The Key to Surviving Inflation is ‘Pricing Power.’ These Companies Have It in Spades

The Key to Surviving Inflation is ‘Pricing Power.’ These Companies Have It in Spades

In 2021, the S&P 500's total profit margin set a new high. But it is ancient news, and the current context is even more difficult. The capacity to maintain or enhance profit margins in the face of rising prices and declining economic growth will be a differentiating factor for businesses in 2022. Their stocks are expected to prosper.

Companies can gain price power in a variety of ways. A company can sell a product or service that is essential to customers or in short supply, leaving them with little choice but to pay—the product has low price elasticity, to put it in economic terms. That may be fuel at the only station for miles, toilet paper at the grocery store, or tax preparation services during the tax season.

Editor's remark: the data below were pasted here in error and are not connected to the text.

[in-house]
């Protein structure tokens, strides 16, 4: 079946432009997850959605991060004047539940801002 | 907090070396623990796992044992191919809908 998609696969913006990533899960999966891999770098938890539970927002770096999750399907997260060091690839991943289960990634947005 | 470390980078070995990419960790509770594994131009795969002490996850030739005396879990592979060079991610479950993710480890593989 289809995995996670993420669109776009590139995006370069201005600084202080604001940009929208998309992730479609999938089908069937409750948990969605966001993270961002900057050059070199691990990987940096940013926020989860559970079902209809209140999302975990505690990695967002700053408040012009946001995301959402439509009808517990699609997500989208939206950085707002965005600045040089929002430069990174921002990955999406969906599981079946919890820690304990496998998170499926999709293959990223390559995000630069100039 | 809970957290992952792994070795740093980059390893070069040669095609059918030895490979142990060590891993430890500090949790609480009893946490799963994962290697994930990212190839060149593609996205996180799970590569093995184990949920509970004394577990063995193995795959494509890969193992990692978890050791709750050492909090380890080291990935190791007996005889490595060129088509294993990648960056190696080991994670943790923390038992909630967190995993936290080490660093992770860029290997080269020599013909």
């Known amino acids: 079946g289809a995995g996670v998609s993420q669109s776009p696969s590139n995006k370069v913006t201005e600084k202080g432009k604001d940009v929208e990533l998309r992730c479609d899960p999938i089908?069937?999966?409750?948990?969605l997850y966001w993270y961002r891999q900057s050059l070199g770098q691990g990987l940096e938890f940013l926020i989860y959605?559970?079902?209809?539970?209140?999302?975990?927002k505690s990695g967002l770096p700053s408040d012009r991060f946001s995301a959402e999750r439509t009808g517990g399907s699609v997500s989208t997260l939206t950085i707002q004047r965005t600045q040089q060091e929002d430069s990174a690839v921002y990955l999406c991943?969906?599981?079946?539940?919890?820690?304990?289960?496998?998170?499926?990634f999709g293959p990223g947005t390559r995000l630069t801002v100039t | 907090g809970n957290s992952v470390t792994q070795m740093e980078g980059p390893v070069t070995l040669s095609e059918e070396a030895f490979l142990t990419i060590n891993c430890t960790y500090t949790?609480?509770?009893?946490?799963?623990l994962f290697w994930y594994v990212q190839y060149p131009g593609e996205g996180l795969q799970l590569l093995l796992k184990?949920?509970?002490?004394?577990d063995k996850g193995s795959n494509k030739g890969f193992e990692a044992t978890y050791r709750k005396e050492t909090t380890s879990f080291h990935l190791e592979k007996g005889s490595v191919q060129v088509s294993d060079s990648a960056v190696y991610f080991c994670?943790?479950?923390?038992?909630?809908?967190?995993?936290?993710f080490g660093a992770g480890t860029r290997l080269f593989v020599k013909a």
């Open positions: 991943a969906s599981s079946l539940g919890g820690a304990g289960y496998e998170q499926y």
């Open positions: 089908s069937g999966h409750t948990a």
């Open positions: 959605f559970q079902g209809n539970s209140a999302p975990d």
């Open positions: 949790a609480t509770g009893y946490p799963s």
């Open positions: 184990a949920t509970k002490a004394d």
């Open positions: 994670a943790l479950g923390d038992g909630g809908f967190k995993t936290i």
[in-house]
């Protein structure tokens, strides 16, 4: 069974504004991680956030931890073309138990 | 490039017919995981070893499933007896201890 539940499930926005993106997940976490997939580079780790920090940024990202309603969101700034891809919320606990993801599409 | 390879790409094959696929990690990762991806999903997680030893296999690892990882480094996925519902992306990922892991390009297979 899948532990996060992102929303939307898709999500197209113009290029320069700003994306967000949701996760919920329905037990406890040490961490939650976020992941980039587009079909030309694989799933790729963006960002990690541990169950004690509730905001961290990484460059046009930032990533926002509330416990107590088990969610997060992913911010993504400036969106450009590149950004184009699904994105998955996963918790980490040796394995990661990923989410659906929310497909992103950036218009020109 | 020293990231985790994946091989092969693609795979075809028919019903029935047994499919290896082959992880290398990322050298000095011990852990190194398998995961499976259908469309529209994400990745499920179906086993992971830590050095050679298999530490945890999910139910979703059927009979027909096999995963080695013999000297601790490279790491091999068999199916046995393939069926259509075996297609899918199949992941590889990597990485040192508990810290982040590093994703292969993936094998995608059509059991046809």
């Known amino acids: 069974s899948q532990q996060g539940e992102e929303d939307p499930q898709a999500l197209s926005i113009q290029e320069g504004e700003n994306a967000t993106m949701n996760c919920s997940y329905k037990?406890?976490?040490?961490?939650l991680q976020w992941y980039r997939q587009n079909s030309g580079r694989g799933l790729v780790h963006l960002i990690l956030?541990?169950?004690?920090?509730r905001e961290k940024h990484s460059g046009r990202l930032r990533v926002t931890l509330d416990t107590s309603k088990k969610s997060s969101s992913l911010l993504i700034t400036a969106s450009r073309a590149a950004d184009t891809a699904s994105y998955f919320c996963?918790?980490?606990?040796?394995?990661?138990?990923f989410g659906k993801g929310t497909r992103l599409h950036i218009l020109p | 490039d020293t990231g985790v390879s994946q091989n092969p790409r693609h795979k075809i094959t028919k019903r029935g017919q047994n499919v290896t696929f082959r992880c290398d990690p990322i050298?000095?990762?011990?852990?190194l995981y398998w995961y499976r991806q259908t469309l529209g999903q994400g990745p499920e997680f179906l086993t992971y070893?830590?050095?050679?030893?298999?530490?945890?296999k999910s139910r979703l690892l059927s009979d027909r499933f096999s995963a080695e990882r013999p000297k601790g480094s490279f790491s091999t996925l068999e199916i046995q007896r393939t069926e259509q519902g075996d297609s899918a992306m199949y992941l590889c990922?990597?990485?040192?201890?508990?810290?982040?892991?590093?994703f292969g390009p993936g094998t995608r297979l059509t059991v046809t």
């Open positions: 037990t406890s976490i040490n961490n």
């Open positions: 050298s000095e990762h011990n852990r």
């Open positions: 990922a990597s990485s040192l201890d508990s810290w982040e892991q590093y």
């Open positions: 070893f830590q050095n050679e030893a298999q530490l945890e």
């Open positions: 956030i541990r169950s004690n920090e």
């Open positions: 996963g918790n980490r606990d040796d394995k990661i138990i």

The more a company's power to determine pricing, the fewer direct competition it has. A strong brand with a high affinity or loyalty among customers may also contribute to increased pricing power. Consider the difference in price per unit between Procter & Gamble's (PG) Tide laundry detergent and the similar retail brand.

A corporation can also develop and enhance its offerings, raising pricing when the updated offerings are rolled out. Pricing power exists when the price increases surpass the cost of the improvements. It is widespread in new software versions, medicines and medical devices, semiconductors, and other high-tech goods and services.